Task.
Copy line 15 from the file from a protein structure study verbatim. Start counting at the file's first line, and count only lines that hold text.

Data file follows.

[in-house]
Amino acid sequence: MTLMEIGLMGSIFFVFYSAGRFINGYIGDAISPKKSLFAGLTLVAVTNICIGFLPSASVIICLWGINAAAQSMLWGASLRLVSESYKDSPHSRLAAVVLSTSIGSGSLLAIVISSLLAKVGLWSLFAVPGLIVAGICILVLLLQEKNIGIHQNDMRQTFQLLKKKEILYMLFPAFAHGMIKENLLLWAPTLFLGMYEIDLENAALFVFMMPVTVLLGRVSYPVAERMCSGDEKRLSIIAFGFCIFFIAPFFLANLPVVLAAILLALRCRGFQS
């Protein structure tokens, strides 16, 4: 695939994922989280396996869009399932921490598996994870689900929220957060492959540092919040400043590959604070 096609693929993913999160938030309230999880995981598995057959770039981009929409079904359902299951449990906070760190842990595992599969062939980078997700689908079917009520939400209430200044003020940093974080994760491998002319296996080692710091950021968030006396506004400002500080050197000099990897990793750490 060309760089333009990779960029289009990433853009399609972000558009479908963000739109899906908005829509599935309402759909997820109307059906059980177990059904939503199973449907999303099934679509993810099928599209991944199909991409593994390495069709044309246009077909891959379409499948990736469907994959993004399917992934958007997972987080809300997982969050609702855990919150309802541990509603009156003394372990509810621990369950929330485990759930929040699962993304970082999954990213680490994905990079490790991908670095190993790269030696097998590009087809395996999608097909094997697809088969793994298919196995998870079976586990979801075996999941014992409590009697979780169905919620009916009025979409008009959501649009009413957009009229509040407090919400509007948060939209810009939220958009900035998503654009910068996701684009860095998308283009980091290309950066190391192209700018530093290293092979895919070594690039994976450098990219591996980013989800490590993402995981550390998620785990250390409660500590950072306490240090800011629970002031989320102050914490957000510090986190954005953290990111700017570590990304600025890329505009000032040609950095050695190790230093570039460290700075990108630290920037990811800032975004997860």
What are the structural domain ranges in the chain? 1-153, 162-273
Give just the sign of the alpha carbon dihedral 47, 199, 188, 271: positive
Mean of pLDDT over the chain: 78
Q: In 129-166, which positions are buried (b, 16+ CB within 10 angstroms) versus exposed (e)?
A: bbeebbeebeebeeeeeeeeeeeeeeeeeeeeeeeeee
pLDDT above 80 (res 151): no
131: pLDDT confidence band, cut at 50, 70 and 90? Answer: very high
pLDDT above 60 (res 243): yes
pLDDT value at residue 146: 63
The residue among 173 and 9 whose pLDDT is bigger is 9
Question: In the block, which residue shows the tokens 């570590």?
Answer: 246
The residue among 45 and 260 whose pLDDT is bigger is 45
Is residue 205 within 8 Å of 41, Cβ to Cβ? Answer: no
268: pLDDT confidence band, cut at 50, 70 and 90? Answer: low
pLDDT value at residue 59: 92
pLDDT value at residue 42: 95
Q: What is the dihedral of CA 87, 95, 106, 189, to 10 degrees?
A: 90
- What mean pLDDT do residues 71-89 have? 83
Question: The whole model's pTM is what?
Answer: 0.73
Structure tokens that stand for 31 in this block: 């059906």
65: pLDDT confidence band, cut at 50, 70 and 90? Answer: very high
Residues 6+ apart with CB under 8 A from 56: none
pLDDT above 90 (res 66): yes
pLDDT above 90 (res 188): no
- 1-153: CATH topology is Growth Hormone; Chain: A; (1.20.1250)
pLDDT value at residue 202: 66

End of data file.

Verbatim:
Answer: 246